World’s 20,000th Species of Bee Identified

When people think of bees, they usually think of the humble Bumble or Honey Bee, but in fact there are only around 250 species of the former, and an even smaller 10 species of the latter. Nike Air Max Thea Dames The vast majority of the other approximately 19,700 species of bees come in all shapes, sizes and colours, some of which we’ve mentioned before.

Now an article published in Auckland by an Ontario-based researcher has identified 21 more, pushing the world’s total known bee species past the 20,000 mark. All the newly identified species belong to the genus Mexalictus, which are mostly found in high elevations between Arizona and Panama, asics gel nimbus mujer with some being discovered in Guatemala, Honduras, New Balance 1600 damskie and Nicaragua.

<span style="font-family: georgia, nike air max 1 uomo palatino;”>Unlike your common or garden Honey or Bumble Bee, Nike Air Huarache Dames these new species are very rare, some only known to science due to the discovery of one specimen. New Balance 515 hombre Like most other bees found in the world, these new species are likely solitary and nest in the ground or in twig hollows, Nike Air Max 2017 Dames roze however no nests have yet been found. As the researcher Sheila Dumesh says, “Because their habitats are often imperilled from deforestation and climate change, finding them before they become extinct is a race against time.”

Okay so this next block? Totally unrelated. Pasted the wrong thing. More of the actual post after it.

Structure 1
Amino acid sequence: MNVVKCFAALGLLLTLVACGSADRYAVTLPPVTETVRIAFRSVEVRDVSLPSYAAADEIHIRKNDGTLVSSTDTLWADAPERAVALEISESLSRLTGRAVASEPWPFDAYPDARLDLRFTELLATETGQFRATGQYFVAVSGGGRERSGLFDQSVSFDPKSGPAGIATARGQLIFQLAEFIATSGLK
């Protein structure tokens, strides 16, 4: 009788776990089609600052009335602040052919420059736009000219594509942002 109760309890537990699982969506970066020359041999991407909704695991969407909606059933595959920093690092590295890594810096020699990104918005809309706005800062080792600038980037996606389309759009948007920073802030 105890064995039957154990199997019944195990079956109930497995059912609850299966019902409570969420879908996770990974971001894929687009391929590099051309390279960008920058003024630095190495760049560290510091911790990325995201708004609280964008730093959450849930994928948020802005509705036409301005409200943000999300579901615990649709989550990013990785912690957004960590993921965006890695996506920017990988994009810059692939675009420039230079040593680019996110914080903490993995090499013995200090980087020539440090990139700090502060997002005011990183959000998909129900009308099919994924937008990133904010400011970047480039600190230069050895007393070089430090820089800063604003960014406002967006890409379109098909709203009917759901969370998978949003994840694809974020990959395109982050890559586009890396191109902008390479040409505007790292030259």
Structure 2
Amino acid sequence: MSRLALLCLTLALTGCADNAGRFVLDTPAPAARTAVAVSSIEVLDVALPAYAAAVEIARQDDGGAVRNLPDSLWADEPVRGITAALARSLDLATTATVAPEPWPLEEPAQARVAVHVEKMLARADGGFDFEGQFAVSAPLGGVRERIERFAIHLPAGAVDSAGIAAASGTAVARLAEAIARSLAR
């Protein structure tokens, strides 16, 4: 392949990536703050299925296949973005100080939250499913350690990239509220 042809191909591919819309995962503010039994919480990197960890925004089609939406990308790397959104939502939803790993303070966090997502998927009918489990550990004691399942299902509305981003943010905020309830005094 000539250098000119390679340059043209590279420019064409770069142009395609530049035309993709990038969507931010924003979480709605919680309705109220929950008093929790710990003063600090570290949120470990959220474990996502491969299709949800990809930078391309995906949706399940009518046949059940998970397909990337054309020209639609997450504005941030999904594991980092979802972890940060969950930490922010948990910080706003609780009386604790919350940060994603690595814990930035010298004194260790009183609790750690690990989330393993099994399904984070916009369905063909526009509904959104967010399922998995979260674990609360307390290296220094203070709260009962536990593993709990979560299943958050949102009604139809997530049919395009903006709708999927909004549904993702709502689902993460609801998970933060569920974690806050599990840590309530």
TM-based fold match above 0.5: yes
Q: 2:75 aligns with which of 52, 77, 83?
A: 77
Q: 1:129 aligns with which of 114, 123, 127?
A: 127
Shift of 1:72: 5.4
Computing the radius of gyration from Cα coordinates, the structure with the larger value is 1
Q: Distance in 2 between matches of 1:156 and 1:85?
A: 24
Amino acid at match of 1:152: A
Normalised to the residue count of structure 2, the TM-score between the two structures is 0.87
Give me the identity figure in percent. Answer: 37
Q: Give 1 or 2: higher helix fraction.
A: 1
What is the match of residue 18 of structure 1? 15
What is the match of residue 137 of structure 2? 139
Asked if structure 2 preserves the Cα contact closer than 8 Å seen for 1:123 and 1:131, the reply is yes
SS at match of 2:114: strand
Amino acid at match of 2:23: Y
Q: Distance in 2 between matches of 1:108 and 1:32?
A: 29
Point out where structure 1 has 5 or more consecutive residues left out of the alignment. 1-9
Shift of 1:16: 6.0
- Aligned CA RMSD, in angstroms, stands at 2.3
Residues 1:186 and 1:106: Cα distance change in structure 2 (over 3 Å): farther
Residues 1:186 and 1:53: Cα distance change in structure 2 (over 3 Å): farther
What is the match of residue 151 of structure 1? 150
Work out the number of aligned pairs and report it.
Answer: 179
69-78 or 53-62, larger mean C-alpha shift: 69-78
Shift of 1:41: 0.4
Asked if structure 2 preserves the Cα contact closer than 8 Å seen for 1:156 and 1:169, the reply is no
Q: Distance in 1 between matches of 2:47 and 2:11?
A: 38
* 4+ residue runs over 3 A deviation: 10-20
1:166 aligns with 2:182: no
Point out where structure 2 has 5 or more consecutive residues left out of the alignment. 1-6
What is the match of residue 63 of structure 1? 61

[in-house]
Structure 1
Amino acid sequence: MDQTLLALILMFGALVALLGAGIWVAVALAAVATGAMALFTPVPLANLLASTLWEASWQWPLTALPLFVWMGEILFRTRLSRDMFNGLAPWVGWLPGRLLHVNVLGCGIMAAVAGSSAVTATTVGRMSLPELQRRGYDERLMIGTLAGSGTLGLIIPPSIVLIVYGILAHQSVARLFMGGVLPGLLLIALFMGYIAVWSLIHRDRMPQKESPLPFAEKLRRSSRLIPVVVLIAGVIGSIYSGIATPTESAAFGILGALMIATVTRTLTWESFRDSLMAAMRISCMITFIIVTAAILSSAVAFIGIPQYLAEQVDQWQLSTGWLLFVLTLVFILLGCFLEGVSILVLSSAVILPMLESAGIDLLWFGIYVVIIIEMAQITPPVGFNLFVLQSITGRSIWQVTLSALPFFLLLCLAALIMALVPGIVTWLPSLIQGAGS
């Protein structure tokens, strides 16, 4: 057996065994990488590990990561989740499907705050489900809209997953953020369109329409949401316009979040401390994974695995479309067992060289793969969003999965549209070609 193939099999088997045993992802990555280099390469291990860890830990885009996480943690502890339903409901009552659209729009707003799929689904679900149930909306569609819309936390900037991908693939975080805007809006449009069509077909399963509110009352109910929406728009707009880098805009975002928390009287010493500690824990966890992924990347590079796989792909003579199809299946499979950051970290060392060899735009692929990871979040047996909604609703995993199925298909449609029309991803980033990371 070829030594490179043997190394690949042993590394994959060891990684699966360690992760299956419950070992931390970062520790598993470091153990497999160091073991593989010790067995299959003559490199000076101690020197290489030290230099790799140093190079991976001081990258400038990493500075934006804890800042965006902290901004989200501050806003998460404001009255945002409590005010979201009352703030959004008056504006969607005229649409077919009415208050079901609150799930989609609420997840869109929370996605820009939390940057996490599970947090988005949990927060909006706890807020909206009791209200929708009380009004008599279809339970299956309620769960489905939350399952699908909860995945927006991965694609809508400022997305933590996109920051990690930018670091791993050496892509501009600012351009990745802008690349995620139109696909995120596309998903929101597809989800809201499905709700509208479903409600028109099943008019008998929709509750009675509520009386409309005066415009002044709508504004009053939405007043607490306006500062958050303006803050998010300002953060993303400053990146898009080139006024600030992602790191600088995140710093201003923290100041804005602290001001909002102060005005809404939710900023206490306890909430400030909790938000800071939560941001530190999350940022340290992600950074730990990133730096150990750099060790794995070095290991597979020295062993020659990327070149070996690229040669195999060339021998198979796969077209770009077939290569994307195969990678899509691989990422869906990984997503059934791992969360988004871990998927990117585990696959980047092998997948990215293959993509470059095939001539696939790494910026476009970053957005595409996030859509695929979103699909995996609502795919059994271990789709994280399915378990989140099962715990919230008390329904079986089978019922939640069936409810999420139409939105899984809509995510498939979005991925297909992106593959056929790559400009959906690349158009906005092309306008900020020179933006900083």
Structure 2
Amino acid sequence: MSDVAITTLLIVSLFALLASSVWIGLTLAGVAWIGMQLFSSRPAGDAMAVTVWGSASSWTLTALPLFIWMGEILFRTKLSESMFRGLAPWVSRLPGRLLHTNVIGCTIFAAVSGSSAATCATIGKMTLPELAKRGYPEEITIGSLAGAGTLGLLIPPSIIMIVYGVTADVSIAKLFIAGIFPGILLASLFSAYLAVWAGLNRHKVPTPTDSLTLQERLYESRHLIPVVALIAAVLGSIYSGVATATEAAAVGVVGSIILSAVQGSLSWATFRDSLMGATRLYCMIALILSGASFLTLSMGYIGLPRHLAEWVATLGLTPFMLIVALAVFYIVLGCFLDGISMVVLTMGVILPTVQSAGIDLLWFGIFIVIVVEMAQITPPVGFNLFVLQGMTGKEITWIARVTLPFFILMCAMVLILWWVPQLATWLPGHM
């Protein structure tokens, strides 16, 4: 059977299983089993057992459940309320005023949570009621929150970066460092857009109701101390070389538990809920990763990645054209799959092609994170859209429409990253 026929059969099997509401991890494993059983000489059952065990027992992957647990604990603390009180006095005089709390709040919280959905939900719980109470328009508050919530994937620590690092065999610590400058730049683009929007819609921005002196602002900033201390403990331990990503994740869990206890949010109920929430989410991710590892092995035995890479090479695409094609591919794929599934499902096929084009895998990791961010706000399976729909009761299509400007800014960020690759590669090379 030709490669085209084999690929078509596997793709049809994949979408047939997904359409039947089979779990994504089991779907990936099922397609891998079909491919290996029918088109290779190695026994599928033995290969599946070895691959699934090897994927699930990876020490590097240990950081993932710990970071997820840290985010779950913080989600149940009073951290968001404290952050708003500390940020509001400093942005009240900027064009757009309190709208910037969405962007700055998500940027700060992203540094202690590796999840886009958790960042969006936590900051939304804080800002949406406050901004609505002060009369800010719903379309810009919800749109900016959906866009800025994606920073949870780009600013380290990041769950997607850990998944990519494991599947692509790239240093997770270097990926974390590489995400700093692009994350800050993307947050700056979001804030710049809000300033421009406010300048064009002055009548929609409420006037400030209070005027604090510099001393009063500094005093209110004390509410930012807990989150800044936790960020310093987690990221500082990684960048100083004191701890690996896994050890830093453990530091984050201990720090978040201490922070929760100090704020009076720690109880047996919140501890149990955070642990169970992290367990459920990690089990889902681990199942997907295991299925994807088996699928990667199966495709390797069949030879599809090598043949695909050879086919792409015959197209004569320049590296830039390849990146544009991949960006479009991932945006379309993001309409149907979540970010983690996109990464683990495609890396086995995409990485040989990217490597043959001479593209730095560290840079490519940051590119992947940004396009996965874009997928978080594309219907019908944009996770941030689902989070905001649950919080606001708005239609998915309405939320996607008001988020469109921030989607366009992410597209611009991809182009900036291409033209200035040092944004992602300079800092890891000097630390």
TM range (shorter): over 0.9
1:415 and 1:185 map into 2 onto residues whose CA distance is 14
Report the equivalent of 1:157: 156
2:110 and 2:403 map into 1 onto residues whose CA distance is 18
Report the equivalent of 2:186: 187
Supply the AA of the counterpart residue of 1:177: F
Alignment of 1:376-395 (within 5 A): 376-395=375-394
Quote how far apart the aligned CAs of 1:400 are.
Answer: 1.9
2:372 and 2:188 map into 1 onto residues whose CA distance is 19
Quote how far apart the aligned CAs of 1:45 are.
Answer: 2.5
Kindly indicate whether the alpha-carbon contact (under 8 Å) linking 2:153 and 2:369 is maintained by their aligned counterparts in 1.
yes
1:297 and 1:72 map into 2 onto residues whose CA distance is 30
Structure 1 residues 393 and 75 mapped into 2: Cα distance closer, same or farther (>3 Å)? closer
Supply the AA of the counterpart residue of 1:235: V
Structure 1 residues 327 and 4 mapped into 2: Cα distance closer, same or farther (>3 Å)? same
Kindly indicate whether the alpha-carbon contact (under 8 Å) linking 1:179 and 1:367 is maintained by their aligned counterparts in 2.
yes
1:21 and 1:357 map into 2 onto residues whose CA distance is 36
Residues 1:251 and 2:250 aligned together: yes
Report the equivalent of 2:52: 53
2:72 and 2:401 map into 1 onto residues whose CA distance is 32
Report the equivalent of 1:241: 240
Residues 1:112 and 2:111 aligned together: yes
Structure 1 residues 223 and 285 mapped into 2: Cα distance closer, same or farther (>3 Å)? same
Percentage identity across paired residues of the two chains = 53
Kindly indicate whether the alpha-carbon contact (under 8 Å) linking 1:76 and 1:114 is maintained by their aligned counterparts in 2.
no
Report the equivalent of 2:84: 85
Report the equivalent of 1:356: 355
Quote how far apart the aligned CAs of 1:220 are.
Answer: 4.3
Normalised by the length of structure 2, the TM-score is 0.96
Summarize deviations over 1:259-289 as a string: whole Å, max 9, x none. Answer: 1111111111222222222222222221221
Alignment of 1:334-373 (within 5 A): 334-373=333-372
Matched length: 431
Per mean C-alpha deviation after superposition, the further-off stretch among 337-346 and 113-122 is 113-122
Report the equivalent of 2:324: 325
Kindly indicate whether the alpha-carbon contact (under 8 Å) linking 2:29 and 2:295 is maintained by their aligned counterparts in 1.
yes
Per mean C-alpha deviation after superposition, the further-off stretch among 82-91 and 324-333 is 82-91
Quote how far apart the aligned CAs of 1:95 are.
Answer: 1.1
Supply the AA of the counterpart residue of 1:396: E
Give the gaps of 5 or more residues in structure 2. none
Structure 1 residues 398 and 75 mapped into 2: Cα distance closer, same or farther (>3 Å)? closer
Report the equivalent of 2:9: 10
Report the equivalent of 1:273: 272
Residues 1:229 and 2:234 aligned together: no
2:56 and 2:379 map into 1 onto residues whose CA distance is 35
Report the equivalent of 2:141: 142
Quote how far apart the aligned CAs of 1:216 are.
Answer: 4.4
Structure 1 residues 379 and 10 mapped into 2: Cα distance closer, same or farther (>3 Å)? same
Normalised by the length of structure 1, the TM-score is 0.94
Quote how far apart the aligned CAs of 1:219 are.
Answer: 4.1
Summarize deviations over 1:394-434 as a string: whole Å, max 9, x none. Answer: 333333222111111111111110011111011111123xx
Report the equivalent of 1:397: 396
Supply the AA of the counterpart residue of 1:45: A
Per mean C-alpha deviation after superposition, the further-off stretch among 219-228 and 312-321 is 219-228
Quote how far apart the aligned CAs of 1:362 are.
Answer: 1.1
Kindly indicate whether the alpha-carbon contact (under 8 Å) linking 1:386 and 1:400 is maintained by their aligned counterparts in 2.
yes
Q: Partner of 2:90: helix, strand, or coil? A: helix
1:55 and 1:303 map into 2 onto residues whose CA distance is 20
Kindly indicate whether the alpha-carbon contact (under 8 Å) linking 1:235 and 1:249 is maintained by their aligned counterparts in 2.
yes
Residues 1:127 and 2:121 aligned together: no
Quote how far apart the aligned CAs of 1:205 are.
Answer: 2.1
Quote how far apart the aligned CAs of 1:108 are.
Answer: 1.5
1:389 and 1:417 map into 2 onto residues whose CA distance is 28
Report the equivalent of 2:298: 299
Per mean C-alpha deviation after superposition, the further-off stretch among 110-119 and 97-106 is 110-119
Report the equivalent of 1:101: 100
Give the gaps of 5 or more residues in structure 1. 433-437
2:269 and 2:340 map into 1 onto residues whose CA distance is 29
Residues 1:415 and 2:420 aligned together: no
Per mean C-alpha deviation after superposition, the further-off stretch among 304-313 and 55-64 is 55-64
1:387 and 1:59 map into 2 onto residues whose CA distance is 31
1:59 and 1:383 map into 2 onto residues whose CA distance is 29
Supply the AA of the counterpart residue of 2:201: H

<span style="font-family: georgia, chaussures asics homme pas cher palatino;”>Despite not being as well known to the general population as their honey-making cousins, many thousands of other bee species also pollinate plants and crops. York bee lab leader Professor Laurence Packer explains, “Documenting what these wild bee species are and what they do, as well as understanding their role in agriculture and our planet’s overall ecology is all extremely important.”

 

~ Mr B

via York University.